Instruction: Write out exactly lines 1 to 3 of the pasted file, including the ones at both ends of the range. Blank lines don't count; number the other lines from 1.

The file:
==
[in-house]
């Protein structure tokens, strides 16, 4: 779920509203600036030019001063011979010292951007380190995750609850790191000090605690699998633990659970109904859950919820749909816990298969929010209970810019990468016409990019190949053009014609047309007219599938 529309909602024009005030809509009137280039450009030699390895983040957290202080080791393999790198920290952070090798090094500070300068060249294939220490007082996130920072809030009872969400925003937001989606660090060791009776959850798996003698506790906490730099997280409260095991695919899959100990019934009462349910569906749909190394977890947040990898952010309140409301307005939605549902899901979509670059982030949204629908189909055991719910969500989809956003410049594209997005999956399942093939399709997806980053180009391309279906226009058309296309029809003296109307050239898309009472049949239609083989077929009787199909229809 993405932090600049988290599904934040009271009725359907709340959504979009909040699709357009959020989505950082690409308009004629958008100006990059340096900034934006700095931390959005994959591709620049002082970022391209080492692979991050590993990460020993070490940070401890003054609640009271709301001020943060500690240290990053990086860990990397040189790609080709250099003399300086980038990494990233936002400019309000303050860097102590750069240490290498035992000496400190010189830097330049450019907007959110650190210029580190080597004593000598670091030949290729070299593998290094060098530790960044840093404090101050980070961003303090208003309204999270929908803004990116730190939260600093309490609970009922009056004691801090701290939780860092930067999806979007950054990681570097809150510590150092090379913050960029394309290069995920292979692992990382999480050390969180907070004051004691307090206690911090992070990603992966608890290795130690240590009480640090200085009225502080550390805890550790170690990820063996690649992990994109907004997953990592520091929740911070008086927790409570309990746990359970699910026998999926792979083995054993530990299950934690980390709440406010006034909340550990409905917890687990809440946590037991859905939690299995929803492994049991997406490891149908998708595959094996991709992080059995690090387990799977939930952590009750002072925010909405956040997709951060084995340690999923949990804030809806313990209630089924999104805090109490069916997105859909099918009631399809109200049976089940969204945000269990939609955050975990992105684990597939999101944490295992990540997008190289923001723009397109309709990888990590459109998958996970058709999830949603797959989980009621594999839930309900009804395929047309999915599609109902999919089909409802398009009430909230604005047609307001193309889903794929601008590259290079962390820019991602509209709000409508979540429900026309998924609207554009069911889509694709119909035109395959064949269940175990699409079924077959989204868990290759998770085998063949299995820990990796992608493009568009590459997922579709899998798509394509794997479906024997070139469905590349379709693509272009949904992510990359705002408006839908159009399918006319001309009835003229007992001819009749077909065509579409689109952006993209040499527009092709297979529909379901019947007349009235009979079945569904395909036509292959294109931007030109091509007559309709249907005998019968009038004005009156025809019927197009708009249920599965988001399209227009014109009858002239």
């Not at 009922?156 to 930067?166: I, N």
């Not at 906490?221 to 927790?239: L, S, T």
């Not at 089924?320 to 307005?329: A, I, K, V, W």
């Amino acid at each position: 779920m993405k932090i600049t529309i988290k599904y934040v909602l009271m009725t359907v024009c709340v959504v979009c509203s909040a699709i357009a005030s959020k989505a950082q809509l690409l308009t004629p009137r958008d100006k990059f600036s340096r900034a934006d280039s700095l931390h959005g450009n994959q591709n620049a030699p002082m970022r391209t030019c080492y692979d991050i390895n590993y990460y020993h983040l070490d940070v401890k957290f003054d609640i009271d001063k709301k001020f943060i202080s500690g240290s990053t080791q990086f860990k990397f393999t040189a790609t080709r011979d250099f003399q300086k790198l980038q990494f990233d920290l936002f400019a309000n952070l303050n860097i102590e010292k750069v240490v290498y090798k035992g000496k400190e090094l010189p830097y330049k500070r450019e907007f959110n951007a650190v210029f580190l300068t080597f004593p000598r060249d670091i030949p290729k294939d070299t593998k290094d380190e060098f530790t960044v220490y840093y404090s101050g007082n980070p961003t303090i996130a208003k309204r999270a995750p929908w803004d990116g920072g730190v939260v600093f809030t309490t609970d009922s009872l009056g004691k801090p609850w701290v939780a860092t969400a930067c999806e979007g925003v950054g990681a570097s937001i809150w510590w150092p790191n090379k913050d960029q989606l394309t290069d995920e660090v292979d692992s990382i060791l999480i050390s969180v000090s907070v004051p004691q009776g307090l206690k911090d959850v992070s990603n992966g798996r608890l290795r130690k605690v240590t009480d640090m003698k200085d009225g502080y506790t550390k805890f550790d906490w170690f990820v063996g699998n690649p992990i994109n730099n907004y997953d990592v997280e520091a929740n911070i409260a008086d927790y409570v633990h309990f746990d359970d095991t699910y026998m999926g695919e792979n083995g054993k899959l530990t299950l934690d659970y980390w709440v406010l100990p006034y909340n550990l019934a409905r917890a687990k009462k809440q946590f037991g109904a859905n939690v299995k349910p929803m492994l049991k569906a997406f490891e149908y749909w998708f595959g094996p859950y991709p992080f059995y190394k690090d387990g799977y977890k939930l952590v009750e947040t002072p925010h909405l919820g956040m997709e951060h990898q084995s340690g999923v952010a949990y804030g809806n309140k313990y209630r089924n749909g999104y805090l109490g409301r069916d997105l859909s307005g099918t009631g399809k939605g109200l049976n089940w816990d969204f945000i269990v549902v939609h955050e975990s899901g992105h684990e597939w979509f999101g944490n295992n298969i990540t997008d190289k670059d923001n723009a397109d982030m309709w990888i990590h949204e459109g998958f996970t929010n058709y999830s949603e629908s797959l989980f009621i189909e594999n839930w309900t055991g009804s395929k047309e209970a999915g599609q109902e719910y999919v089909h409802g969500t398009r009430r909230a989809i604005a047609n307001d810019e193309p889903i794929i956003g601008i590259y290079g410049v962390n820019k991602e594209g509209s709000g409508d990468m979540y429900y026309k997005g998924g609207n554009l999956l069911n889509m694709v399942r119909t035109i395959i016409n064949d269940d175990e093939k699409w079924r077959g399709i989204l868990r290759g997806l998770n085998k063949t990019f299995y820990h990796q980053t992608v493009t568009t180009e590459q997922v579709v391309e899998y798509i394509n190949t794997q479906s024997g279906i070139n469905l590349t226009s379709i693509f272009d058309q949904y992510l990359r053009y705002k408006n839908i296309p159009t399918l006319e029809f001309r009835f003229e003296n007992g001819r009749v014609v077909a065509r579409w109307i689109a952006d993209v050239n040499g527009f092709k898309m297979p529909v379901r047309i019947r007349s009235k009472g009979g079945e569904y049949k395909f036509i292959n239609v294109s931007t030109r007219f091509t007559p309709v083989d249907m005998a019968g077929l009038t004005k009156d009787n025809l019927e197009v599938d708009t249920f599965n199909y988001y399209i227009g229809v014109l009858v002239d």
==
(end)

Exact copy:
[in-house]
């Protein structure tokens, strides 16, 4: 779920509203600036030019001063011979010292951007380190995750609850790191000090605690699998633990659970109904859950919820749909816990298969929010209970810019990468016409990019190949053009014609047309007219599938 529309909602024009005030809509009137280039450009030699390895983040957290202080080791393999790198920290952070090798090094500070300068060249294939220490007082996130920072809030009872969400925003937001989606660090060791009776959850798996003698506790906490730099997280409260095991695919899959100990019934009462349910569906749909190394977890947040990898952010309140409301307005939605549902899901979509670059982030949204629908189909055991719910969500989809956003410049594209997005999956399942093939399709997806980053180009391309279906226009058309296309029809003296109307050239898309009472049949239609083989077929009787199909229809 993405932090600049988290599904934040009271009725359907709340959504979009909040699709357009959020989505950082690409308009004629958008100006990059340096900034934006700095931390959005994959591709620049002082970022391209080492692979991050590993990460020993070490940070401890003054609640009271709301001020943060500690240290990053990086860990990397040189790609080709250099003399300086980038990494990233936002400019309000303050860097102590750069240490290498035992000496400190010189830097330049450019907007959110650190210029580190080597004593000598670091030949290729070299593998290094060098530790960044840093404090101050980070961003303090208003309204999270929908803004990116730190939260600093309490609970009922009056004691801090701290939780860092930067999806979007950054990681570097809150510590150092090379913050960029394309290069995920292979692992990382999480050390969180907070004051004691307090206690911090992070990603992966608890290795130690240590009480640090200085009225502080550390805890550790170690990820063996690649992990994109907004997953990592520091929740911070008086927790409570309990746990359970699910026998999926792979083995054993530990299950934690980390709440406010006034909340550990409905917890687990809440946590037991859905939690299995929803492994049991997406490891149908998708595959094996991709992080059995690090387990799977939930952590009750002072925010909405956040997709951060084995340690999923949990804030809806313990209630089924999104805090109490069916997105859909099918009631399809109200049976089940969204945000269990939609955050975990992105684990597939999101944490295992990540997008190289923001723009397109309709990888990590459109998958996970058709999830949603797959989980009621594999839930309900009804395929047309999915599609109902999919089909409802398009009430909230604005047609307001193309889903794929601008590259290079962390820019991602509209709000409508979540429900026309998924609207554009069911889509694709119909035109395959064949269940175990699409079924077959989204868990290759998770085998063949299995820990990796992608493009568009590459997922579709899998798509394509794997479906024997070139469905590349379709693509272009949904992510990359705002408006839908159009399918006319001309009835003229007992001819009749077909065509579409689109952006993209040499527009092709297979529909379901019947007349009235009979079945569904395909036509292959294109931007030109091509007559309709249907005998019968009038004005009156025809019927197009708009249920599965988001399209227009014109009858002239």
């Not at 009922?156 to 930067?166: I, N």